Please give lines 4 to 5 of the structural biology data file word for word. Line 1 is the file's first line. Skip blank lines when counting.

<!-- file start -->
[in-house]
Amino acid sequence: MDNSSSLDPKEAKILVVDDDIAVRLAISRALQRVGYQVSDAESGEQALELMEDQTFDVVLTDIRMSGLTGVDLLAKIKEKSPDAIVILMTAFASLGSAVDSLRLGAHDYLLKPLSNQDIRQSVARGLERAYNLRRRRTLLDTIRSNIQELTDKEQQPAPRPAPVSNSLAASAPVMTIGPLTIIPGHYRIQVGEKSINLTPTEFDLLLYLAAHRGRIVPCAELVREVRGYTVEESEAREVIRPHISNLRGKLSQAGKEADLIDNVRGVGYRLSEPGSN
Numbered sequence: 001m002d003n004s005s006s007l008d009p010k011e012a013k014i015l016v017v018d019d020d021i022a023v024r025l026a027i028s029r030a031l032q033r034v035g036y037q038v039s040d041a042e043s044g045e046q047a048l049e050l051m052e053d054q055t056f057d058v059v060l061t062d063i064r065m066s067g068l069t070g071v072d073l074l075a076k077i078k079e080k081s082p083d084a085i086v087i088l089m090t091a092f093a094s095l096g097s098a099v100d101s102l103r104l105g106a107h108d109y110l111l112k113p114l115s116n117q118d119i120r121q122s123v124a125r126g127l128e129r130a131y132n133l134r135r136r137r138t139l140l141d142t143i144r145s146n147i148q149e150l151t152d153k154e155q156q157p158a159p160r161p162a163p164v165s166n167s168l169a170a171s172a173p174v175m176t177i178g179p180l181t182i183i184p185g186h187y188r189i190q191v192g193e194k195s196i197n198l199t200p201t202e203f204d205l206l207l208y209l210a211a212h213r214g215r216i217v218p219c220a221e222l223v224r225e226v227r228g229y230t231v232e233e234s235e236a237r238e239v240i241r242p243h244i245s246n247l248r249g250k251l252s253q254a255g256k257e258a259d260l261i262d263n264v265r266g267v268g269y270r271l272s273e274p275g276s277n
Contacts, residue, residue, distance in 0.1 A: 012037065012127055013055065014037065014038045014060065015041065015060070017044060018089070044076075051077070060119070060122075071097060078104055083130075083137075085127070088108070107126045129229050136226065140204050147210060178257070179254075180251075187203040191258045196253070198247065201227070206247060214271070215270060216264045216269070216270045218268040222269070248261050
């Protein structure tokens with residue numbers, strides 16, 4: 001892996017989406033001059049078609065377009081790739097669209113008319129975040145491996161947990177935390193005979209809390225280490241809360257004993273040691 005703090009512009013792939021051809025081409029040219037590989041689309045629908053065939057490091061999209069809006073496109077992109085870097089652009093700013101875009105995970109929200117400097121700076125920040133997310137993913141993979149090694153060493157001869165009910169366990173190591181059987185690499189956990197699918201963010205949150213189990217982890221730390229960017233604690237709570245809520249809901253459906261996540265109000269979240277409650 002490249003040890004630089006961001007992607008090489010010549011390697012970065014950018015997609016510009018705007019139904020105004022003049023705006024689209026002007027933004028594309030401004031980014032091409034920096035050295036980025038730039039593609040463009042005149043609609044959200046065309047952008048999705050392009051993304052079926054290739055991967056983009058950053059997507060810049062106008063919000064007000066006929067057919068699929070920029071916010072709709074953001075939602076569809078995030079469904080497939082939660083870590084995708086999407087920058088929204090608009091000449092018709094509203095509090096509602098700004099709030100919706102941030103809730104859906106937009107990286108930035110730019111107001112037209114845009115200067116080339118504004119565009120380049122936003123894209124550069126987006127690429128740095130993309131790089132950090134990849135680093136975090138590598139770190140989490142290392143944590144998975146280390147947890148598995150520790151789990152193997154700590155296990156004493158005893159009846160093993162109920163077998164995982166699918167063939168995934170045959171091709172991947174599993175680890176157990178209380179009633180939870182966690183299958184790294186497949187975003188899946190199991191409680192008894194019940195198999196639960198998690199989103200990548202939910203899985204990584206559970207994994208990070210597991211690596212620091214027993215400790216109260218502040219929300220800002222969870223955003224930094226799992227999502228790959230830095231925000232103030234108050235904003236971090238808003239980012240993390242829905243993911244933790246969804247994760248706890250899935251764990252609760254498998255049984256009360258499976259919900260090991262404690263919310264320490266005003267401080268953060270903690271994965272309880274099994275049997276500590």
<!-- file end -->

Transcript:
Contacts, residue, residue, distance in 0.1 A: 012037065012127055013055065014037065014038045014060065015041065015060070017044060018089070044076075051077070060119070060122075071097060078104055083130075083137075085127070088108070107126045129229050136226065140204050147210060178257070179254075180251075187203040191258045196253070198247065201227070206247060214271070215270060216264045216269070216270045218268040222269070248261050
């Protein structure tokens with residue numbers, strides 16, 4: 001892996017989406033001059049078609065377009081790739097669209113008319129975040145491996161947990177935390193005979209809390225280490241809360257004993273040691 005703090009512009013792939021051809025081409029040219037590989041689309045629908053065939057490091061999209069809006073496109077992109085870097089652009093700013101875009105995970109929200117400097121700076125920040133997310137993913141993979149090694153060493157001869165009910169366990173190591181059987185690499189956990197699918201963010205949150213189990217982890221730390229960017233604690237709570245809520249809901253459906261996540265109000269979240277409650 002490249003040890004630089006961001007992607008090489010010549011390697012970065014950018015997609016510009018705007019139904020105004022003049023705006024689209026002007027933004028594309030401004031980014032091409034920096035050295036980025038730039039593609040463009042005149043609609044959200046065309047952008048999705050392009051993304052079926054290739055991967056983009058950053059997507060810049062106008063919000064007000066006929067057919068699929070920029071916010072709709074953001075939602076569809078995030079469904080497939082939660083870590084995708086999407087920058088929204090608009091000449092018709094509203095509090096509602098700004099709030100919706102941030103809730104859906106937009107990286108930035110730019111107001112037209114845009115200067116080339118504004119565009120380049122936003123894209124550069126987006127690429128740095130993309131790089132950090134990849135680093136975090138590598139770190140989490142290392143944590144998975146280390147947890148598995150520790151789990152193997154700590155296990156004493158005893159009846160093993162109920163077998164995982166699918167063939168995934170045959171091709172991947174599993175680890176157990178209380179009633180939870182966690183299958184790294186497949187975003188899946190199991191409680192008894194019940195198999196639960198998690199989103200990548202939910203899985204990584206559970207994994208990070210597991211690596212620091214027993215400790216109260218502040219929300220800002222969870223955003224930094226799992227999502228790959230830095231925000232103030234108050235904003236971090238808003239980012240993390242829905243993911244933790246969804247994760248706890250899935251764990252609760254498998255049984256009360258499976259919900260090991262404690263919310264320490266005003267401080268953060270903690271994965272309880274099994275049997276500590």